Ministry and Estate Planning: Works in Progress
from the Legacy Newsletter
"I often describe my ministry as a crazy-quilt," says the Rev. Nancy Doughty of Traverse City, Michigan. "It's composed of so many diverse pieces, and it's always a work in progress." Nancy, now retired from parish ministry, and her husband, Robert Doughty are members of the UU Congregation of Grand Traverse, Michigan. They are also charter members of the UUA Legacy Society, a group of generous UUs who have included our Association in their estate plans. Together, the Doughtys have created a vivid patchwork of ministry and service to a number of congregations and UU organizations. In everything from parish ministry to denominational affairs, to lay leadership at their home churches, they've demonstrated a strong and lasting commitment to this movement.
And they'll be helping Unitarian Universalist ministers to do the same
through a gift in their estate plans. In 1990, Robert and Nancy first arranged a
gift to the UUA from their life estate. Ten years later they revisited their
plans and arranged for a portion of their individual retirement accounts to go
to the Association. They have designated these gifts as endowment for the
Financial Aid Sustentation Fund to benefit active and retired ministers and
surviving spouses with demonstrated financial needs.
"We talked about the assets we had left to give after we'd provided for our family," says Robert. "Nancy and I both wanted to support organizations that reflect our values, and the UUA was definitely one of those."
Nancy served for five years on the Ministerial Fellowship Committee, the body
that credentials men and women for ministerial fellowship in our Association.
She knows that for ministers to serve as religious leaders, they need strong and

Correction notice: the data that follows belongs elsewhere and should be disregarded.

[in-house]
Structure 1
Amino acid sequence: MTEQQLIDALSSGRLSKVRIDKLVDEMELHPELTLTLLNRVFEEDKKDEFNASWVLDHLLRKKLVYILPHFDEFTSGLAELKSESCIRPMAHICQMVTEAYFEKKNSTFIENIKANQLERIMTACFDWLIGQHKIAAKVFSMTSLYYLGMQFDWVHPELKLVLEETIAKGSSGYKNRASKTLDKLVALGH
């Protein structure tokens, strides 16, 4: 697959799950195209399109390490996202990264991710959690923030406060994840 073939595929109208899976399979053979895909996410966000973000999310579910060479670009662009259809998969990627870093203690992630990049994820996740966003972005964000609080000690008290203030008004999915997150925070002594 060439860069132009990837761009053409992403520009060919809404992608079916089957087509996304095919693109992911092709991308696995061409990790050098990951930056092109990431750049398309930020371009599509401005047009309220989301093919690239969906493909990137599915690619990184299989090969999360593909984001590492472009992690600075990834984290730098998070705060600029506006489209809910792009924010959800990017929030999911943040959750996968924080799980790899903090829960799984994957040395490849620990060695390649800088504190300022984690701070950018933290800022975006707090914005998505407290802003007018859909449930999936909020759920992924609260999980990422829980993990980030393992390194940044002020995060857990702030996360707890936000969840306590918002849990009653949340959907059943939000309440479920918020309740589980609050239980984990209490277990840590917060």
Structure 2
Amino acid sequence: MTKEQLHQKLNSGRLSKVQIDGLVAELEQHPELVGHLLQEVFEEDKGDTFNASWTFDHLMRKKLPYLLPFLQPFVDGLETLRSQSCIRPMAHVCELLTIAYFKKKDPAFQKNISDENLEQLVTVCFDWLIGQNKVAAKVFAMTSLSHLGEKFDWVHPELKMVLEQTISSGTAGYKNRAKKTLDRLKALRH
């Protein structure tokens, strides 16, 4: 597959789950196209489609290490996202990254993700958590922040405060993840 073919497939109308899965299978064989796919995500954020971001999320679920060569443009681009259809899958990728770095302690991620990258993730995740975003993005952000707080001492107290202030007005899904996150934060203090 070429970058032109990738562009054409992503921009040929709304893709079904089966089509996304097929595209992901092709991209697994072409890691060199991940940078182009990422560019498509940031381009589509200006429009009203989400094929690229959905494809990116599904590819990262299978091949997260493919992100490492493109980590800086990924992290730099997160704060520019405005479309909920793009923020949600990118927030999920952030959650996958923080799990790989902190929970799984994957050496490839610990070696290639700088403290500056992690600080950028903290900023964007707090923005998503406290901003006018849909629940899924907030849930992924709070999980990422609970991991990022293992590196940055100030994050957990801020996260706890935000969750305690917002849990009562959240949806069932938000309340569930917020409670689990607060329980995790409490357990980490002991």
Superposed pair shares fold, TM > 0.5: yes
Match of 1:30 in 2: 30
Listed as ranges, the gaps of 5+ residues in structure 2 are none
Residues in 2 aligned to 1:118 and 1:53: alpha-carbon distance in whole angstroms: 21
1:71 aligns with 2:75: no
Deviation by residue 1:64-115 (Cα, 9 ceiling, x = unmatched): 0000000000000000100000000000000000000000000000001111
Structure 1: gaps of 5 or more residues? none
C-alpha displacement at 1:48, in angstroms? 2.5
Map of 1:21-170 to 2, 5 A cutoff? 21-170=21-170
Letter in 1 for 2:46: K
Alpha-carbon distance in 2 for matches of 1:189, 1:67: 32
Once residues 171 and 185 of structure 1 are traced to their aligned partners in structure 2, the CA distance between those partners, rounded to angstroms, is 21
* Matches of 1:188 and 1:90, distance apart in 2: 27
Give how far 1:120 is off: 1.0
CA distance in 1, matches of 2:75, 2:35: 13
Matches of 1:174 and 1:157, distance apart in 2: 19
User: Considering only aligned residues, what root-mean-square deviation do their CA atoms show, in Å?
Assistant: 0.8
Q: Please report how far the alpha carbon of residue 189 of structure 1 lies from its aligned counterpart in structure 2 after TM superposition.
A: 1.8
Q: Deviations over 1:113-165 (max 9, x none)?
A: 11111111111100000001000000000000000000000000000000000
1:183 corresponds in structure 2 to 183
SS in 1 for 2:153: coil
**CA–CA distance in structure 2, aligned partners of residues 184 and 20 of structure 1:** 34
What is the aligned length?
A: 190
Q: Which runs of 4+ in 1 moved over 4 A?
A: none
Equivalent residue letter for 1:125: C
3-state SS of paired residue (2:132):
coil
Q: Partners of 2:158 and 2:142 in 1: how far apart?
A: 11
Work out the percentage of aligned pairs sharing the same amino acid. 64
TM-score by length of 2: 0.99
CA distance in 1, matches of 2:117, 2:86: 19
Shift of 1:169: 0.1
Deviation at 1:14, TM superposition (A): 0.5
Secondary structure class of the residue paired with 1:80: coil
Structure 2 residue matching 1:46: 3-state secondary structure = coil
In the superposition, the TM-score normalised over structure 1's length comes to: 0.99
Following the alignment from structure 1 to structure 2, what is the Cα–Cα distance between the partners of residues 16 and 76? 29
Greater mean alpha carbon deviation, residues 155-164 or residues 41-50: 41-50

consistent support throughout their careers.
"I understand how new ministers can struggle financially," she says. Meeting the demands of their work while repaying hefty student loans can place new ministers under additional stress. At the other end of the life cycle are retired ministers and surviving partners who may have immediate and pressing financial needs who will benefit from this gift.
By contributing to the UUA's ministerial aid fund, Robert and Nancy will have an impact on the lives of those who receive grants from the fund. They'll also be helping the Association further its mission to provide the visionary leadership our congregations need. For the Doughtys, this is what makes the gift meaningful.
"We believe in institution building," Nancy says. "We believe in building an Association that can represent our religious values and be strong at all levels." Robert agrees that he'd like to see the UUA be an even more visible presence in the community-a stronger voice for our principles in the world.
Nancy's image of the hand-made quilt to describe her work is an especially fitting one for our tradition. Like the creation of a quilt, the work of UU ministry requires balance and boldness, and the ability to bring divergent pieces together into an artful whole. The Association is grateful to Robert and Nancy Doughty for their generous support of to the Unitarian Universalist ministry, now and in years to come.